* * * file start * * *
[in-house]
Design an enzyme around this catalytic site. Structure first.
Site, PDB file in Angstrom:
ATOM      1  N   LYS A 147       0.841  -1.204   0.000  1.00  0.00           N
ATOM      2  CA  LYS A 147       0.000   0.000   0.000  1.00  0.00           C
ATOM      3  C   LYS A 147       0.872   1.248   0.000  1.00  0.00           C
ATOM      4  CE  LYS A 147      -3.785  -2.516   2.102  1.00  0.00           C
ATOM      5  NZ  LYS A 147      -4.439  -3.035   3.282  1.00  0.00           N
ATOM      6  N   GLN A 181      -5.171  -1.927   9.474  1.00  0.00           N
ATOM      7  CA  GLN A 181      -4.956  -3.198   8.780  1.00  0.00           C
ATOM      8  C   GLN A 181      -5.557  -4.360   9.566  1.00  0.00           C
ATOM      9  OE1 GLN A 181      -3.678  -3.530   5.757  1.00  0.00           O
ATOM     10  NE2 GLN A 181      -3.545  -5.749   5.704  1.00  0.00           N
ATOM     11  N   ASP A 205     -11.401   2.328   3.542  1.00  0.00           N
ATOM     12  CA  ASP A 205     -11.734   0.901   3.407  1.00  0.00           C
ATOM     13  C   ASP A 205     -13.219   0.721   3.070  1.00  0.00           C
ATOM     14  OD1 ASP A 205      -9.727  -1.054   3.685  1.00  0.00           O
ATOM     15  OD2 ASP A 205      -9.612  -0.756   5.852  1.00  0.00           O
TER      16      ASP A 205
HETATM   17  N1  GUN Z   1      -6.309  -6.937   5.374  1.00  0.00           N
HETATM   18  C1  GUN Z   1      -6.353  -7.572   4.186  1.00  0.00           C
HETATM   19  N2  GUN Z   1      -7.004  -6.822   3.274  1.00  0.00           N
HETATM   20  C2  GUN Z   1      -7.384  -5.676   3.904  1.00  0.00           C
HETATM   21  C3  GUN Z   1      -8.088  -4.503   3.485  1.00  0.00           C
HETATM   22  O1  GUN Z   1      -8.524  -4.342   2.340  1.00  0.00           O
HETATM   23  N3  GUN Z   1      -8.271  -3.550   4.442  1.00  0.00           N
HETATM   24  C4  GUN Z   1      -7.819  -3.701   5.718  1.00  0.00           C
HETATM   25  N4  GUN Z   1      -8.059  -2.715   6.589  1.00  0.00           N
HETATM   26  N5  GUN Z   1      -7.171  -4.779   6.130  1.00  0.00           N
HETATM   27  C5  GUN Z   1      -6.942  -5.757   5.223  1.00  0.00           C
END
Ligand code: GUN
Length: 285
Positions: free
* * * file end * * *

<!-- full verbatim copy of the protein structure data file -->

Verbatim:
[in-house]
Design an enzyme around this catalytic site. Structure first.
Site, PDB file in Angstrom:
ATOM      1  N   LYS A 147       0.841  -1.204   0.000  1.00  0.00           N
ATOM      2  CA  LYS A 147       0.000   0.000   0.000  1.00  0.00           C
ATOM      3  C   LYS A 147       0.872   1.248   0.000  1.00  0.00           C
ATOM      4  CE  LYS A 147      -3.785  -2.516   2.102  1.00  0.00           C
ATOM      5  NZ  LYS A 147      -4.439  -3.035   3.282  1.00  0.00           N
ATOM      6  N   GLN A 181      -5.171  -1.927   9.474  1.00  0.00           N
ATOM      7  CA  GLN A 181      -4.956  -3.198   8.780  1.00  0.00           C
ATOM      8  C   GLN A 181      -5.557  -4.360   9.566  1.00  0.00           C
ATOM      9  OE1 GLN A 181      -3.678  -3.530   5.757  1.00  0.00           O
ATOM     10  NE2 GLN A 181      -3.545  -5.749   5.704  1.00  0.00           N
ATOM     11  N   ASP A 205     -11.401   2.328   3.542  1.00  0.00           N
ATOM     12  CA  ASP A 205     -11.734   0.901   3.407  1.00  0.00           C
ATOM     13  C   ASP A 205     -13.219   0.721   3.070  1.00  0.00           C
ATOM     14  OD1 ASP A 205      -9.727  -1.054   3.685  1.00  0.00           O
ATOM     15  OD2 ASP A 205      -9.612  -0.756   5.852  1.00  0.00           O
TER      16      ASP A 205
HETATM   17  N1  GUN Z   1      -6.309  -6.937   5.374  1.00  0.00           N
HETATM   18  C1  GUN Z   1      -6.353  -7.572   4.186  1.00  0.00           C
HETATM   19  N2  GUN Z   1      -7.004  -6.822   3.274  1.00  0.00           N
HETATM   20  C2  GUN Z   1      -7.384  -5.676   3.904  1.00  0.00           C
HETATM   21  C3  GUN Z   1      -8.088  -4.503   3.485  1.00  0.00           C
HETATM   22  O1  GUN Z   1      -8.524  -4.342   2.340  1.00  0.00           O
HETATM   23  N3  GUN Z   1      -8.271  -3.550   4.442  1.00  0.00           N
HETATM   24  C4  GUN Z   1      -7.819  -3.701   5.718  1.00  0.00           C
HETATM   25  N4  GUN Z   1      -8.059  -2.715   6.589  1.00  0.00           N
HETATM   26  N5  GUN Z   1      -7.171  -4.779   6.130  1.00  0.00           N
HETATM   27  C5  GUN Z   1      -6.942  -5.757   5.223  1.00  0.00           C
END
Ligand code: GUN
Length: 285
Positions: free